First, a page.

Oracle's Java security improvements don't quite satisfy

Changes welcomed, but one expert said he'd like to see sandbox technology in Java like that used in Adobe Reader and Google Chrome

Oracle's plans to bolster Java security were welcomed by security experts who nevertheless wanted to see more done to lockdown one of hackers' favorite targets.

The Java steward released on Thursday its priorities for the application platform. The changes on tap included automated checking of the validity of signed certificates, stopping unsigned applets from being executed by default and adding centralized management options. The latter included whitelisting of applets in enterprise environments.

The upcoming changes, as well as other security efforts outlined in Oracle's Software Security Assurance Blog, were categorized on Friday by security experts as necessary improvements that were far from definitive.

"No one step Oracle is taking stands out as a silver bullet that will cure Java security issues," said Paul Henry, a security and forensic analyst with Lumension. "That being said, each with one exception is a step in the right direction."

That exception was Oracle's decision to release Java patches on a quarterly basis, although the company said it would make exceptions for highly critical zero-day vulnerabilities. Given the number of flaws Oracle is patching -- 97 so far this year -- a quarterly release is too much of a burden for corporate security pros, Henry said.

"With the patch load we have seen historically, it may be better and faster to adopt a monthly cycle as Microsoft has done for years," he said.

HD Moore, chief research officer for Rapid7, said he believed the changes in the handling of applets was the most important piece of Oracle's announcement. In the past, signed applets could run outside of the Java sandbox. Oracle plans to no longer make that possible.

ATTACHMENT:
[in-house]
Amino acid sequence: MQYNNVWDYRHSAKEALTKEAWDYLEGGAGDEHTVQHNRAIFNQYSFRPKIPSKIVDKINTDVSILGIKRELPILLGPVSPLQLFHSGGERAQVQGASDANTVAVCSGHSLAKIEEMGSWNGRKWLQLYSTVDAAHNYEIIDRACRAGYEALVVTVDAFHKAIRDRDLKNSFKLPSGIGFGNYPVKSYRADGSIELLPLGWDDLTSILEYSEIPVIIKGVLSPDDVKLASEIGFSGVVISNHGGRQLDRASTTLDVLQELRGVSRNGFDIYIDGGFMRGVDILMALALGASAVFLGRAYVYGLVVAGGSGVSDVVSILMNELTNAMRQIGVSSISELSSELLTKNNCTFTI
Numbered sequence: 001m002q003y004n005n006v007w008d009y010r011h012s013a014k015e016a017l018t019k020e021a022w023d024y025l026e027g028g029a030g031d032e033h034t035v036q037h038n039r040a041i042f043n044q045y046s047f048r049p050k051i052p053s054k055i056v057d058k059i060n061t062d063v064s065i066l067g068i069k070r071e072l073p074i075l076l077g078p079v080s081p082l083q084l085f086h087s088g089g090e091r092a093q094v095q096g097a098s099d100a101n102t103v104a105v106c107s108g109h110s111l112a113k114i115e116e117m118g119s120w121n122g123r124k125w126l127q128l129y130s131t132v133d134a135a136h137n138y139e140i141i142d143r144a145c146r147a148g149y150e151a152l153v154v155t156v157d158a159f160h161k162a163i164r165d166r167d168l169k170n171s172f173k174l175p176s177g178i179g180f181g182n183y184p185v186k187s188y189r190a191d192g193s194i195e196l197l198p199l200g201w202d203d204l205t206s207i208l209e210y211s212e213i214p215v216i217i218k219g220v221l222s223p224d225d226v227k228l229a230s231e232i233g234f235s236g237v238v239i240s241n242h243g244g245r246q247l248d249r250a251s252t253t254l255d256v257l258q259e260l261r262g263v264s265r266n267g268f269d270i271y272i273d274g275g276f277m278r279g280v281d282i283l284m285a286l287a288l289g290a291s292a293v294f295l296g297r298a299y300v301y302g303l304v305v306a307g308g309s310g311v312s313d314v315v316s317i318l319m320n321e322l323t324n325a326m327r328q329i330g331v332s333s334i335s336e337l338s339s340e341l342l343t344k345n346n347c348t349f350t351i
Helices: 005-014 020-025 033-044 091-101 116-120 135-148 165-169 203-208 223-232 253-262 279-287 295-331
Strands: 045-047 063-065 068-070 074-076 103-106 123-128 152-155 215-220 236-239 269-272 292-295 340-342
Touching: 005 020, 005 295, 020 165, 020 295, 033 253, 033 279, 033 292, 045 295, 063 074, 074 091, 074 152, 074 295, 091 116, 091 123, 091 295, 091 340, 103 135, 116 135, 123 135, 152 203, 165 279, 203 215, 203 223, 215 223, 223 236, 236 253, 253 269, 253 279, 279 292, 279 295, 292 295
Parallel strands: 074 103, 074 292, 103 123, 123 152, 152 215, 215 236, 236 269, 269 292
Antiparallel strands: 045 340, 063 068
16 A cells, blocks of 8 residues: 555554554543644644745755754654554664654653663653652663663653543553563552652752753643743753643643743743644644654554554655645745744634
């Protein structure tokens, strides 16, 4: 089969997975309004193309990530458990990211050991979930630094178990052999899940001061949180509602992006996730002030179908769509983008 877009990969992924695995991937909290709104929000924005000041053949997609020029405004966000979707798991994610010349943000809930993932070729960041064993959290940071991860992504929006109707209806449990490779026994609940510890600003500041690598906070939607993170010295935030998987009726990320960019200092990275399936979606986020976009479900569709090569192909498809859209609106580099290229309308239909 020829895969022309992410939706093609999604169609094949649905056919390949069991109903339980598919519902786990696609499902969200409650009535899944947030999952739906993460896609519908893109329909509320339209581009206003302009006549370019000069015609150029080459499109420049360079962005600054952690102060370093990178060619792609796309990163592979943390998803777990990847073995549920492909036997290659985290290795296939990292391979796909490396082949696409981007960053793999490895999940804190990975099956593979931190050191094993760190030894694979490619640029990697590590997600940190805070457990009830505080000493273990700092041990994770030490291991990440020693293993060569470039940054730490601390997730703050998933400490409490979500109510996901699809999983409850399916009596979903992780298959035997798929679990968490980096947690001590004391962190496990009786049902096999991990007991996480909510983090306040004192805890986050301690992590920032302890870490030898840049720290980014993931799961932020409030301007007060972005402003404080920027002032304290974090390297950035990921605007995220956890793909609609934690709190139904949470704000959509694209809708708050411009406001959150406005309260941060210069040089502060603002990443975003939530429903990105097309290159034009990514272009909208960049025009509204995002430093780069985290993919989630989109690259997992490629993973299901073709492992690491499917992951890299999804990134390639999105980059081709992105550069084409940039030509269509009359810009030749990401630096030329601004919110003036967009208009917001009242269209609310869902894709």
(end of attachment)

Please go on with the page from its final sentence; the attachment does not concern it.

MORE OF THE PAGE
"Oracle is changing this model so that signing an applet no longer confers sandbox escape privileges," Moore said. "This is a good thing for security."

However, Moore wanted to see more improvements related to the Java sandbox, such as adoption of the more secure technology used in Adobe Reader and Google Chrome.

[Also see: Java security woes to stay with businesses for a long time]

"A malicious applet with a valid signature can still abuse JRE (Java Runtime Environment) security flaws to escape the sandbox and compromise the system," Moore said.

Andrew Storms, director of IT and security operations for Tripwire, said a change he liked was splitting the Java distribution in two, one for the client computer and browser and the other for the server, where corporations run their Java-based business applications.

"It's a smart move to differentiate the two parts of Java, because that has always been pretty confusing for all end users," Storms said.

Oracle, which acquired Java with the purchase of Sun Microsystems in 2010, has been criticized for sometime by security pros for moving too slowly to stop Java exploits.

The spotlight was turned on the problem in January when a previously unknown flaw actively exploited by cybercriminals prompted the Department of Homeland Security to advise consumers to disable Java on their PCs. The DHS warning was the same advocated by security experts for quite awhile.

While the security problems mostly involved the Java browser plug-in, the extensive publicity raised concern among Oracle's corporate customers. As a result, Oracle has started to show progress in handling Java security, experts say.

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